Before you know it, you’ll have a steady supply of resources being produced, paving the way to making your own Biofuel, Solar Panels, Plastic, Computer Parts, and even your own Personal Spaceship. This is entirely thanks to your Research tree, which lets you access new technologies, practically giving you a map to reach the end-game content. While it’s not the largest tree, it makes up for that by making sure unlocking each node feels meaningful. In some instances, it’s not always clear why you’d need a certain upgrade until you get it and figure out exactly what it's used for, but you don’t have to worry about selecting a wrong node, as each path is helpful in its own way.
The automation element of the game really escalates once you unlock the ability to create bots to take care of gathering, transporting, and depositing resources for you. There are three types you can craft — Collectors, Logistics, and Fighters — and while you start with a limit of three, you can upgrade to a maximum of five per island. Each one does essentially what its name implies. Collector Bots can be assigned to mine one type of resource and you’ll designate a drop-off spot for the delivery; Logistics Bots, on the other hand, are the ultimate multitaskers, as they attend to buildings, care for farm plots, deliver water to your Oxygenator, and a variety of other tasks. As you might have guessed, Fighter Bots are especially useful on islands with hostile fauna, protecting your Collector and Logistics Bots from angry Honey Bees or aggressive Lizards. I loved how effortless it was to get my bots going, and it was so satisfying to create a fully-functioning industry spanning multiple islands. I highly recommend getting speed upgrades for them as soon as possible if you want to enjoy seeing your busy bots zoom by like blurry flashes of light, thriving in the manageable chaos.
The automation is quite fun and relaxing — even when you have a myriad of buildings to keep track of. I love that you can take it at your own pace since there are no external objectives pushing you to be efficient. Instead, you can be as messy or optimal as you desire! There’s also quite a bit to enjoy in Nova Lands beyond the automation mechanics. I was surprised to discover an island solely dedicated to boss fights, adding an extra level of fun to be had in terms of combat — or you can stick with a pacifist strategy if pew-pewing things isn’t your style. You’ll also discover an island with other NPCs who offer fun upgrades and customisations for your character; even better, there’s a Space Station where you can unlock special shops as well as a Stardew Valley-esque museum that you can fill with resources, a low-stakes feature that I love in any cosy game.
Nova Lands’ colourful 2D pixel art is definitely one of its strengths alongside the enjoyable gameplay, adding to the game’s overall cosy sci-fi vibes. I only wish the soundtrack complemented the well-crafted art design; unfortunately, the music lacks variety and it doesn’t offer anything special. When it comes to sound effects, though, I have no complaints, as they perfectly evoke the atmosphere of a quirky, bustling outdoor factory.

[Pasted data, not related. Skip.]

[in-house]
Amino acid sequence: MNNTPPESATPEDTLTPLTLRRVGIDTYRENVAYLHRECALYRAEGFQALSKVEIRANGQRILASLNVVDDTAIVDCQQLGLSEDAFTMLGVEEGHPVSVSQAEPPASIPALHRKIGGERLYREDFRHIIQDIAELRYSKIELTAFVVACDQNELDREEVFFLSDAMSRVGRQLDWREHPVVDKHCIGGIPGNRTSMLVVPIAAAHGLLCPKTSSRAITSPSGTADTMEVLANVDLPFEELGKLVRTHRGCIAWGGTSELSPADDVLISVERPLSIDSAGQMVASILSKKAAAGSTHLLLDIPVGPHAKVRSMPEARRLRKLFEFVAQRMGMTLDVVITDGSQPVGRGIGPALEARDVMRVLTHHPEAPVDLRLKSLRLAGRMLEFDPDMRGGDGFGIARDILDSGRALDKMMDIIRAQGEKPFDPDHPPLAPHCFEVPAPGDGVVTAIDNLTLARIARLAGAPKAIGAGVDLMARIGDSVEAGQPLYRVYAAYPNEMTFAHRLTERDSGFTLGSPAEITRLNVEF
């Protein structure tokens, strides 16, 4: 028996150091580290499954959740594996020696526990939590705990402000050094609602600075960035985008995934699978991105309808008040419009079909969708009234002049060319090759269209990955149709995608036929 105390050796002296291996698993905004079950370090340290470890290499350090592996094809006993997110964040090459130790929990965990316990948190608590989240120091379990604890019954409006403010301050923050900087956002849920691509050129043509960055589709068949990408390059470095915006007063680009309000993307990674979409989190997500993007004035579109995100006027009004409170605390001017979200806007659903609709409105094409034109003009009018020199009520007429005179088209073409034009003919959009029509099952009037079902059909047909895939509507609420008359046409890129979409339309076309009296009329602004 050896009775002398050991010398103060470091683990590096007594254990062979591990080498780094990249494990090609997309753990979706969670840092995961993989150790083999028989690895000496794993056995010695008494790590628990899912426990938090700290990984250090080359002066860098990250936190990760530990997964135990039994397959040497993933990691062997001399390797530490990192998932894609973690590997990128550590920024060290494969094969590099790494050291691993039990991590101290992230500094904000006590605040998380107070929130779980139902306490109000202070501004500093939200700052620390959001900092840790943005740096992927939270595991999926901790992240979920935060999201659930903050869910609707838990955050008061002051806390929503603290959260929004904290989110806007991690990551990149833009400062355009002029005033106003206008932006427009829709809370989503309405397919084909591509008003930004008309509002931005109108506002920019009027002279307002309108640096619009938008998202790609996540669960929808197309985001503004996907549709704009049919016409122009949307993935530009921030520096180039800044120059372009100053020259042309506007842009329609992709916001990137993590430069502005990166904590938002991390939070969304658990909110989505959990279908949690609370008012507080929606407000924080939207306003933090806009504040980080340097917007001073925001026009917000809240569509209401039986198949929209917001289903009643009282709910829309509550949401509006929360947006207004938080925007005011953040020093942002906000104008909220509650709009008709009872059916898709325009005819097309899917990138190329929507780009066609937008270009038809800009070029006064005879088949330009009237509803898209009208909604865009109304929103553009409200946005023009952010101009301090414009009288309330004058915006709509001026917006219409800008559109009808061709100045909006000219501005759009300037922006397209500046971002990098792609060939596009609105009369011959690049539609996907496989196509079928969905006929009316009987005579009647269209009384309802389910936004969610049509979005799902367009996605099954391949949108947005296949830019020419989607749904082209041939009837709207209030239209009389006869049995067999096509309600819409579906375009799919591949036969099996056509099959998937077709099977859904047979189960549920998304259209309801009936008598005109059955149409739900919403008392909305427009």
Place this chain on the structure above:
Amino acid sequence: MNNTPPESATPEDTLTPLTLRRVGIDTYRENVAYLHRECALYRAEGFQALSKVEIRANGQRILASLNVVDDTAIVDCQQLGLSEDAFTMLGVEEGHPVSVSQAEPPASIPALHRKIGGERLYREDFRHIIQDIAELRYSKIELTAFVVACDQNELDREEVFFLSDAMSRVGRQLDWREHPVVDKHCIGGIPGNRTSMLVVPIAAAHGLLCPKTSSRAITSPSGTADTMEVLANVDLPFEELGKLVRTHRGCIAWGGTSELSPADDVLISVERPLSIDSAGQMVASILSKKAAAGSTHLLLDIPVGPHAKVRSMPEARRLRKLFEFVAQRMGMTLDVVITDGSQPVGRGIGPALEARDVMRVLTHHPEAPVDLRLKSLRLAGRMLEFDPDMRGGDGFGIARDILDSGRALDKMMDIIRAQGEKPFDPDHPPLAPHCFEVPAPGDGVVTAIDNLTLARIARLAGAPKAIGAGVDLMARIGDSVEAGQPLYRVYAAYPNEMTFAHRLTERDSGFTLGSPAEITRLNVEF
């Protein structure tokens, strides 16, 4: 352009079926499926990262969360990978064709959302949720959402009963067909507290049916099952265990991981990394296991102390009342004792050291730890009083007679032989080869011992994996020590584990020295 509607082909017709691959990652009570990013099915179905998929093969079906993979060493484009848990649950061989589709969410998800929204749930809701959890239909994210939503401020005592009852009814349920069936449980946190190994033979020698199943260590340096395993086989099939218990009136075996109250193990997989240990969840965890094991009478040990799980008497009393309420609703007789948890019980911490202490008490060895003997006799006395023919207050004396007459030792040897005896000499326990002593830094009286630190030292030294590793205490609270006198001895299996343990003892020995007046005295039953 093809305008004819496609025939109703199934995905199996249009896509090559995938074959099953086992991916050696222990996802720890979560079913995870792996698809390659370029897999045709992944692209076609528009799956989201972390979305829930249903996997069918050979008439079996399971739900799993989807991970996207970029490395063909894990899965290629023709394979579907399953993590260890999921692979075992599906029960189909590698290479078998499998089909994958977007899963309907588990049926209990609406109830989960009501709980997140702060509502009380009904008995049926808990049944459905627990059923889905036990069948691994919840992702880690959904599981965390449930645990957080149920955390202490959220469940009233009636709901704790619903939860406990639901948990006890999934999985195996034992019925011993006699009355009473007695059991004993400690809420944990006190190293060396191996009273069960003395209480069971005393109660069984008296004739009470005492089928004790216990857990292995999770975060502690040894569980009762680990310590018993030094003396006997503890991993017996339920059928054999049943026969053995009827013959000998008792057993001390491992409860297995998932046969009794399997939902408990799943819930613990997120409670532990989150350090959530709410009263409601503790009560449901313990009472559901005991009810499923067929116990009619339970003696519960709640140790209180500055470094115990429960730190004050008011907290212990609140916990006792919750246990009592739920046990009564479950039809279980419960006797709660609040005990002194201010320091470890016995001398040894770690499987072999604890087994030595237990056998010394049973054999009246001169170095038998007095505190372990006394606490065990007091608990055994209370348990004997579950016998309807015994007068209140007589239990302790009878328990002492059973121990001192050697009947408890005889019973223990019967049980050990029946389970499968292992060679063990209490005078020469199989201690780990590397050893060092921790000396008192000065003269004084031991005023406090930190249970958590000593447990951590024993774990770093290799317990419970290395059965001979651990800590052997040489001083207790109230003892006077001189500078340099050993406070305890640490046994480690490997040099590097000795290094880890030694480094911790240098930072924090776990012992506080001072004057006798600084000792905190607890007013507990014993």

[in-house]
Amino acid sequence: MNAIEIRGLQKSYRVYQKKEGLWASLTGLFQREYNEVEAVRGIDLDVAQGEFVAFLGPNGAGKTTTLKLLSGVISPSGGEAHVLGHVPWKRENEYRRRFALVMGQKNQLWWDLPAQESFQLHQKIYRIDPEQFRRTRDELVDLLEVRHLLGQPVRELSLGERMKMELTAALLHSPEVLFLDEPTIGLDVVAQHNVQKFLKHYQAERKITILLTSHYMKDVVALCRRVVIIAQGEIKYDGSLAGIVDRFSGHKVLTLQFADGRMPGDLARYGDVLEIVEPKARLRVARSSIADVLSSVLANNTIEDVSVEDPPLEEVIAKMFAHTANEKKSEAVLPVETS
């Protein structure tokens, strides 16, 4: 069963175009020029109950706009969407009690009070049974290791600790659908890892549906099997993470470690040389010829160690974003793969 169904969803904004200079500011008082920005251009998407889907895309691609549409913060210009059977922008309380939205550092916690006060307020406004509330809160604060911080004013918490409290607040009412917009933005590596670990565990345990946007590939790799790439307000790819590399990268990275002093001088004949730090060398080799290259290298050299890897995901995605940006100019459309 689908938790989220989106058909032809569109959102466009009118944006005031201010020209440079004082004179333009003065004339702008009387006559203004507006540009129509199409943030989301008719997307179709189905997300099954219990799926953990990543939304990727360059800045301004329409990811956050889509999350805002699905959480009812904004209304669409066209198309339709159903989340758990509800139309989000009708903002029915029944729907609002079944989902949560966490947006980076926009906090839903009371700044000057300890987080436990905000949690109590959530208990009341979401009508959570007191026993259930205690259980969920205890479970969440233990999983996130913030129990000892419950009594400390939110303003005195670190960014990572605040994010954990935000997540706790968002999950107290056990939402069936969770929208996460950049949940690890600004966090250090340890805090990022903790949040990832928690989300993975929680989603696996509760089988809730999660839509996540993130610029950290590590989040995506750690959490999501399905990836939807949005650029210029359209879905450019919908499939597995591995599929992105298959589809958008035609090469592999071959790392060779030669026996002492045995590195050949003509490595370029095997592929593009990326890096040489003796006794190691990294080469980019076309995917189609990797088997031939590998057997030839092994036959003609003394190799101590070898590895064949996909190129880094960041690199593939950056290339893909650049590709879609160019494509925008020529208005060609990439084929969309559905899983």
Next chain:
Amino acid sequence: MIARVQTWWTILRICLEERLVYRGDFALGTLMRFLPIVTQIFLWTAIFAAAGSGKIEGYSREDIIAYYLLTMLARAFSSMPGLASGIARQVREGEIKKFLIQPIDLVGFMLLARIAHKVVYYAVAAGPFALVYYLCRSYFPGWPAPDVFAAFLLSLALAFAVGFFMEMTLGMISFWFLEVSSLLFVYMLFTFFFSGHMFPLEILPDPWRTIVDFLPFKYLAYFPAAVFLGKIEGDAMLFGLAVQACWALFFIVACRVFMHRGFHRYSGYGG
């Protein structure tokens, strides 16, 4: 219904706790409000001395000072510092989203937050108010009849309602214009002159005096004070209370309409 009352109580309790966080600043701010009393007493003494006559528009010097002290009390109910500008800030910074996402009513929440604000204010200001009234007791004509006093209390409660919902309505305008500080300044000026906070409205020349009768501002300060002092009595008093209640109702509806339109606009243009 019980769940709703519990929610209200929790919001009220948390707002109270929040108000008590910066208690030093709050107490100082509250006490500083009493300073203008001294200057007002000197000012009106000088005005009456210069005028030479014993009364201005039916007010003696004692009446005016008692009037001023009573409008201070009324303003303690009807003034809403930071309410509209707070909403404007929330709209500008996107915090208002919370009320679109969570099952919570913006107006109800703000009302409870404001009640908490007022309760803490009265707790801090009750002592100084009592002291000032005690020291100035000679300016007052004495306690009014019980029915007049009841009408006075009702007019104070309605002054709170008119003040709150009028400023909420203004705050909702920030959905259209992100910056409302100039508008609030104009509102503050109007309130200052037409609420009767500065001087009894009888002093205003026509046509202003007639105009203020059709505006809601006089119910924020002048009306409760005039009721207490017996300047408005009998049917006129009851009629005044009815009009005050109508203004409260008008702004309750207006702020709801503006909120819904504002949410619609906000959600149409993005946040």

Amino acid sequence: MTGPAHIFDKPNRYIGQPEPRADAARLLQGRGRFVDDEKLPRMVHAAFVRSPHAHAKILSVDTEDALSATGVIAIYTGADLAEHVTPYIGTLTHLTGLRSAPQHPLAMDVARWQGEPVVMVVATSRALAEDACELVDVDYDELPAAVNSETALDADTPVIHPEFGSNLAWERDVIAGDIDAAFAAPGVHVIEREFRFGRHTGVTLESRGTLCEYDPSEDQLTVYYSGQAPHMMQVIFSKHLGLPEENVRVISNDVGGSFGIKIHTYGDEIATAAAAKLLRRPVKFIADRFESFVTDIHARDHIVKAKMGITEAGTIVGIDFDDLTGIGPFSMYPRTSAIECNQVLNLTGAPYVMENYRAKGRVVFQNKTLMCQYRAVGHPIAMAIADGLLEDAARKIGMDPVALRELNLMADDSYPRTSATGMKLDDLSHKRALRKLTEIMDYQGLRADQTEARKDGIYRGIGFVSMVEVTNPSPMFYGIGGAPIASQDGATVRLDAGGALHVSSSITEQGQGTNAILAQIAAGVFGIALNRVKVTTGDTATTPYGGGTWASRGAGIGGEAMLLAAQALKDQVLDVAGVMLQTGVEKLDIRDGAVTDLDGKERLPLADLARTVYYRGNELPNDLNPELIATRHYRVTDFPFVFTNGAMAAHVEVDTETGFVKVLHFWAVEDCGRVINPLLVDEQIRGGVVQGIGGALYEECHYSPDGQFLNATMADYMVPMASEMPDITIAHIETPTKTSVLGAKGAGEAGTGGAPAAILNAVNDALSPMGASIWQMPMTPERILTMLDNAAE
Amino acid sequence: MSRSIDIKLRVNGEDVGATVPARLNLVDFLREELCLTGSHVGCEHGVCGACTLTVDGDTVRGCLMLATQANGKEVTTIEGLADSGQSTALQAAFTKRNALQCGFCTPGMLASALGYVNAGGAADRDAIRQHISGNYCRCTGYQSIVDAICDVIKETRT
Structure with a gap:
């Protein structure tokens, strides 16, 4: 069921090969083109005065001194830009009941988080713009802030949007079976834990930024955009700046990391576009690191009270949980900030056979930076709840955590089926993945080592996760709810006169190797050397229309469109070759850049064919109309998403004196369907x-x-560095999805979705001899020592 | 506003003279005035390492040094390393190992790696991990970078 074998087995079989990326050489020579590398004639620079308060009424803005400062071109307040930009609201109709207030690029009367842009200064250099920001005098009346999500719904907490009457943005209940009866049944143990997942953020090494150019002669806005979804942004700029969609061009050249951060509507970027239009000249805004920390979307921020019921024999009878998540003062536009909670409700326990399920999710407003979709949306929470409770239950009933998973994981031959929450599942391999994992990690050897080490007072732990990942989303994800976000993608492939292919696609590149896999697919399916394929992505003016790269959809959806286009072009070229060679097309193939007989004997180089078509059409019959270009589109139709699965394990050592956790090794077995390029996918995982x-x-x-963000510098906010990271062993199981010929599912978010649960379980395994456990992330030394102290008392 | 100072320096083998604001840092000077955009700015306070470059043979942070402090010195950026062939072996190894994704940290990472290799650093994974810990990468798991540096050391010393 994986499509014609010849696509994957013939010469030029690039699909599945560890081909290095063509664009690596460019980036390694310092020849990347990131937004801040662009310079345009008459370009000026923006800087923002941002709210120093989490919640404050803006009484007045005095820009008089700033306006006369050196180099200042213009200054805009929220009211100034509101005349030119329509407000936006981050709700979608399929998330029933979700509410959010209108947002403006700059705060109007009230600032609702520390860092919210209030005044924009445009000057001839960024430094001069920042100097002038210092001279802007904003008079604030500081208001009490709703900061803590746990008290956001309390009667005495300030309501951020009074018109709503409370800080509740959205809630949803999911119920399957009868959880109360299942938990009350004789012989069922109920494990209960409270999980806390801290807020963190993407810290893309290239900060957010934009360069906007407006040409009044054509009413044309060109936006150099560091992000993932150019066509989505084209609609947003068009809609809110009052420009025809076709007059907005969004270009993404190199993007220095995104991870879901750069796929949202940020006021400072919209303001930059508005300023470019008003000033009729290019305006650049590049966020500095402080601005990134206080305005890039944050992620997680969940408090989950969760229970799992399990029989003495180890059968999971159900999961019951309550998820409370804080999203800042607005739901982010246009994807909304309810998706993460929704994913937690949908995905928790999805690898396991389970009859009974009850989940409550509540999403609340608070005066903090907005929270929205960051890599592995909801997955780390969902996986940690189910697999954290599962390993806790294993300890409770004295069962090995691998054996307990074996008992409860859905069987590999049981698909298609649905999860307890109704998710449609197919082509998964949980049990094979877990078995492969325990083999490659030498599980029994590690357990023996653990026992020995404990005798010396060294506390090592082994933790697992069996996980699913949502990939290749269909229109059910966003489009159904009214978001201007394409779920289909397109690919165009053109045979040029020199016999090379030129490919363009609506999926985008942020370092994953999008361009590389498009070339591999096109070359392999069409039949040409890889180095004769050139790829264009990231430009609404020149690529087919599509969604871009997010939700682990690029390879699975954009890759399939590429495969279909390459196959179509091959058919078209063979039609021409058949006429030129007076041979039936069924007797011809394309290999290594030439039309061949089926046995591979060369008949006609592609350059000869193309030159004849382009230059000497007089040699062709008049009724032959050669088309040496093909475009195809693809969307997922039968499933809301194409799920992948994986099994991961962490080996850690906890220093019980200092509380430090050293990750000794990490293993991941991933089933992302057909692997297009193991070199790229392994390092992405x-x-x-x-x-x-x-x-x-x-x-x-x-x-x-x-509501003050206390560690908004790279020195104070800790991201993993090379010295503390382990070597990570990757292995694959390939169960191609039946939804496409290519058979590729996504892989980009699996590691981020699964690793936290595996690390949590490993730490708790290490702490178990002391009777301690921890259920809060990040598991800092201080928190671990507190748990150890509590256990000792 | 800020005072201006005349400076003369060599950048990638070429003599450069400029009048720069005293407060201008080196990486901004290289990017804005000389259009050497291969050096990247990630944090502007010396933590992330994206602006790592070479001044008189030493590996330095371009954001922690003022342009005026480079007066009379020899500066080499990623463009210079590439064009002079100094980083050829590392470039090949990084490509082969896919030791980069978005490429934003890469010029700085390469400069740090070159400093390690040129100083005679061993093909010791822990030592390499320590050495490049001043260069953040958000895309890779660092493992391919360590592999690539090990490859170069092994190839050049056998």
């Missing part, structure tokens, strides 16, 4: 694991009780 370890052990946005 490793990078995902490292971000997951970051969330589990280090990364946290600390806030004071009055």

There are some minor areas where Nova Lands falls short of its potential. Limiting you to five bots per island becomes a pain later on in the game, especially since there’s no priority system where you can rank tasks for them, making it difficult to maintain smooth automation when you have a lot going on. This isn’t helped by the fact that your bots can only carry one item at a time, which ultimately slows the whole process down even with all of the speed bonuses you can get. I also found that my inventory management could get a bit buggy; sometimes resources would disappear when I moved them into deposit boxes or even when I would drag them to a building, and they wouldn’t appear in the recipe slots. While not game-breaking, these issues do get annoying, and I’d love to see some updates to address them.
Nova Lands is a welcoming, cosy entry into the automation genre that will make you forget all semblance of time as you get sucked into its simple gameplay loop. All in all, it’s very charming, and it’ll give you at least 20 to 30 hours of relaxing content to enjoy. Despite some of its stumbles when it comes to bots and late-game progression, it’s still easy to recommend to anyone interested in low-stakes factory building and fun exploration in a world amongst the stars.
Nova Lands (Reviewed on Windows)
This game is great, with minimal or no negatives.
Equal parts relaxing and chaotic, Nova Lands is an easy-to-love automation game with a gameplay loop that will have you hooked for hours on end.